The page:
I took a lot of flak for expressing wrong musical opinions last week. Since I so enjoy the role of human flamebait, I’ve decided to have another go at clarifying my views about Art in general. See, until a few years ago, I was intimidated by art and music snobs, by the sort of person who recently deposited the following on Lance Fortnow’s blog:
man, the ignorance displayed here is taken to new levels. your ph.d. in computer science qualifies you as nothing musically, dumbass. ever heard of dynamic range? go look it up.
A bit uncivil, perhaps, but doesn’t this anonymous fount of musical wisdom have a point? After all, spouting off about quantum computers, entanglement, or Gödel’s Theorem without studying them first would certainly qualify you as a dumbass. So if I don’t think the same about music, then aren’t I a big fat hypocrite?
Ah, but consider the following. If — as the snob would be first to affirm — the purpose of art is not to assert or argue anything as a research paper would, but simply to produce an emotional response in the viewer or listener, then what does it even mean to be unqualified to voice that response? Presumably one person’s emotional response is as valid as another’s. Indeed, the difficulty with the snob is that he wants it both ways. “What made Picasso the greatest artist of the twentieth century is ineffable, indescribable — and I’m the one who knows enough to describe it to you.” “This opera is astounding because it induces a visceral, gut response in the audience — and if you don’t have that response, your gut must be mistaken.” The point is that, once you’ve declared something to be nonscientific, emotional, subjective, you have to allow that someone else’s subjective reaction might differ from yours.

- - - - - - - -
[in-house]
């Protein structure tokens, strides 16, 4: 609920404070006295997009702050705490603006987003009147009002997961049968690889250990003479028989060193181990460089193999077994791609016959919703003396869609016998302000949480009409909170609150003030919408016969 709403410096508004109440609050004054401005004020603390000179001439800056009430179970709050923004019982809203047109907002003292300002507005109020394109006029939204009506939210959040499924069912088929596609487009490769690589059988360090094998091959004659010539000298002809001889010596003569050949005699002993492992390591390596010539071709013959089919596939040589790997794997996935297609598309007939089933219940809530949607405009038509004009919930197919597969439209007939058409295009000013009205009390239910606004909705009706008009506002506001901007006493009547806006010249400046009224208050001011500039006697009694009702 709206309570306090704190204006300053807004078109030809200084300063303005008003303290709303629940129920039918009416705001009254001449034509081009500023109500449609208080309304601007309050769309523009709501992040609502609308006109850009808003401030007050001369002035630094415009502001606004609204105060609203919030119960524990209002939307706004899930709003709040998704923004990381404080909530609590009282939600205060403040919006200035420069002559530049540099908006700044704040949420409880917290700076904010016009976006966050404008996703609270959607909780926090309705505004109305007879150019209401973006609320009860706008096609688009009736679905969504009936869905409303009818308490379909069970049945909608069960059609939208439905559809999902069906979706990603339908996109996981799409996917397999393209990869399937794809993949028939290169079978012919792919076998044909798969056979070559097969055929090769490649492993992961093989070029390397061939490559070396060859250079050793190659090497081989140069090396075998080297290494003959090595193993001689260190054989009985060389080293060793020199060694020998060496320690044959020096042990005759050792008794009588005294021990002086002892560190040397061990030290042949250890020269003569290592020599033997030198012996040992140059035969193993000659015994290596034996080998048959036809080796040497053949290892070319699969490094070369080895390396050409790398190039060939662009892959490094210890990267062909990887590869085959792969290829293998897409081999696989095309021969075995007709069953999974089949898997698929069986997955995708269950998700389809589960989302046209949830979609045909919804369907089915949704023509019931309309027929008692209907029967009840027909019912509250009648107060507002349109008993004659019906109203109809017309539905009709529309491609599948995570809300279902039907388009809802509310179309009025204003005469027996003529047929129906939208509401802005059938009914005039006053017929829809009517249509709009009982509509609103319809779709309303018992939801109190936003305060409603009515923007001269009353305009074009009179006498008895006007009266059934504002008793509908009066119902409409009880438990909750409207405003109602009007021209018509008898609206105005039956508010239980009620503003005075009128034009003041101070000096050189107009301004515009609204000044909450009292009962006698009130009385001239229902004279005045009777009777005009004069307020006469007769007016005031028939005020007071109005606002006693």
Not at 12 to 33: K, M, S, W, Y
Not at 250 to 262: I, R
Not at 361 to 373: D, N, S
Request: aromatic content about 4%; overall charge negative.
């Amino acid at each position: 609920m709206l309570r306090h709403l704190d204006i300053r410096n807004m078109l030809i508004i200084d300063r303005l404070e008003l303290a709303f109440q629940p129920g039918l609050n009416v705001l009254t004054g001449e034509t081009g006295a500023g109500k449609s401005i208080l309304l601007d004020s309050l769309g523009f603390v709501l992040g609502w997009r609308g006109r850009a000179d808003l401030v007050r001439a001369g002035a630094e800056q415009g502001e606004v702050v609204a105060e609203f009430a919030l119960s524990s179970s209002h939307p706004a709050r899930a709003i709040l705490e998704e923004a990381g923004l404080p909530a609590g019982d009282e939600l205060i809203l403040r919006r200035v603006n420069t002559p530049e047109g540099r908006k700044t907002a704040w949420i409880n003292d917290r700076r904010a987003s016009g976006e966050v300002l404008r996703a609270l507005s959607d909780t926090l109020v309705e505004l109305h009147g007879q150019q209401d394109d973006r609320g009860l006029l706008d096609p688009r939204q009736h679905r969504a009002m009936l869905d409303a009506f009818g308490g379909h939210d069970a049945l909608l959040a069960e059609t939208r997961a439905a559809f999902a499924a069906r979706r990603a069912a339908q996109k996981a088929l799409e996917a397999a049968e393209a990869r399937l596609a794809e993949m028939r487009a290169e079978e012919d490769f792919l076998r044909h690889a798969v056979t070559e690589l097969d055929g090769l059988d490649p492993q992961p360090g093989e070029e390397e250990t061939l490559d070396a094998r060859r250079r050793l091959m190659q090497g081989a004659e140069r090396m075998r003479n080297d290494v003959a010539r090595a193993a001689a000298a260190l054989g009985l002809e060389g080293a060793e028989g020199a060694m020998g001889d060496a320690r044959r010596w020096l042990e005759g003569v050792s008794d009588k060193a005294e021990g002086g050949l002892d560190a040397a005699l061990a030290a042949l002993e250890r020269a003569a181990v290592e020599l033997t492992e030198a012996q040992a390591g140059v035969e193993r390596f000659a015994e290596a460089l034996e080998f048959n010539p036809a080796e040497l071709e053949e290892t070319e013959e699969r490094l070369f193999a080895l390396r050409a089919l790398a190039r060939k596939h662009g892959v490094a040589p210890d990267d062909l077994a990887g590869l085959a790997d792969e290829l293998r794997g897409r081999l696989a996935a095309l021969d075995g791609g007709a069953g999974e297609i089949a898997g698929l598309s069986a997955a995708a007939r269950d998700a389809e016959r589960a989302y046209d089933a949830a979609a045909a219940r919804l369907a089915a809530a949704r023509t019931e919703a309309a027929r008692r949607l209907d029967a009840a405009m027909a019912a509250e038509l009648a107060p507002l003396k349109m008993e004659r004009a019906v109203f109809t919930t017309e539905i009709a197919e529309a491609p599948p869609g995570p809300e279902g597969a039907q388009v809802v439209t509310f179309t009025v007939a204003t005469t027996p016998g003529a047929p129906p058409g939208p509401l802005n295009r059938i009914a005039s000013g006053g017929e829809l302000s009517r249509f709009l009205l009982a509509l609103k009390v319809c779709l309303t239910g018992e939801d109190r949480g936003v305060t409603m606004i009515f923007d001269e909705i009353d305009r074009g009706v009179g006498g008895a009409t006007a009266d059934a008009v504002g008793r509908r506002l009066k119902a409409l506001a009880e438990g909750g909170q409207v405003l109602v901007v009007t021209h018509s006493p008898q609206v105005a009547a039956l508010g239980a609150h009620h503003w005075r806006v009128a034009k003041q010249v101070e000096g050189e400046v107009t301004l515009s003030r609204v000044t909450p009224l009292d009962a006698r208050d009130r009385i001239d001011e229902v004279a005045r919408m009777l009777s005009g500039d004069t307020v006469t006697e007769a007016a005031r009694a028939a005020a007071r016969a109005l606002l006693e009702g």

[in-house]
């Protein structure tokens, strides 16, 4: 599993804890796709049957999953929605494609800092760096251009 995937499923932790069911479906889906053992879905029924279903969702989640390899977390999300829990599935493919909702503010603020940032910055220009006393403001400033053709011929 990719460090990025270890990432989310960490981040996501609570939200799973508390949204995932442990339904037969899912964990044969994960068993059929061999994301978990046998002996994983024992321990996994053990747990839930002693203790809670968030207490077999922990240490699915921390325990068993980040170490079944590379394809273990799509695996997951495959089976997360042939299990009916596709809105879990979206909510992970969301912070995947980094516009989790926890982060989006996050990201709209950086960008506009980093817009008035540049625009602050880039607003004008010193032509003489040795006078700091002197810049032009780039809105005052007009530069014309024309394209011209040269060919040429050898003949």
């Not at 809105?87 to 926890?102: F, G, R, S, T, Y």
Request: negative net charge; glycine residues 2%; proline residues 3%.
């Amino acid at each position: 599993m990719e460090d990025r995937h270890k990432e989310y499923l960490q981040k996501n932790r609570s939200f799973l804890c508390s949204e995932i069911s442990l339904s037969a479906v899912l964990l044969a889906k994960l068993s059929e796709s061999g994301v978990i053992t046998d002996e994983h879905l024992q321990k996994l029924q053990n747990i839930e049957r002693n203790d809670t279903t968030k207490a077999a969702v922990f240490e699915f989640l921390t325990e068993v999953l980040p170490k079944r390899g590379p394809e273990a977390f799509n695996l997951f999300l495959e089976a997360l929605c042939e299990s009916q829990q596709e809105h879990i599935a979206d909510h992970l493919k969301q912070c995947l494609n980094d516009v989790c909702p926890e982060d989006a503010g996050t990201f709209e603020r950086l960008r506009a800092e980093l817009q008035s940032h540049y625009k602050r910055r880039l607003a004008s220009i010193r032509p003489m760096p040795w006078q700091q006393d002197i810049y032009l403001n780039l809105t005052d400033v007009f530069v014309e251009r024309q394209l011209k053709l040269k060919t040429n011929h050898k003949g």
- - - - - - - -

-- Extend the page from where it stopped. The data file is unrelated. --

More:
So on this day, let us celebrate our freedom from the tyranny of pretending to like stuff we don’t. I’ll start the honesty ball rolling by dividing the world’s artistic output into three categories, then giving examples of each (not representative, just the first things that popped into my head).
Art that’s stirred my soul
Shakespeare (comedies especially)
Tom Sawyer and Huck Finn
The Mind-Body Problem by Rebecca Goldstein
Everything by Pixar
Arcadia by Tom Stoppard
Art that maybe hasn’t moved me, but that I can nevertheless agree is quite impressive, based not on what other people say but on my own experience of it
The Sistine Chapel (indeed, pretty much everything in Rome)
Them big paintings in the Louvre
Them big Buddhist temples in Kyoto
Early Woody Allen
Art in neither of the two above categories
Late Woody Allen
Everything in the MoMA
Weird indie films where nothing happens
Anything by David Lynch or M. Night Shyamalan
Rap (except MC Hawking)
PS. There’s really no need to flame me if you have different tastes, since I won’t take it as a moral failing on your part. (Except with regard to M. Night Shyamalan.)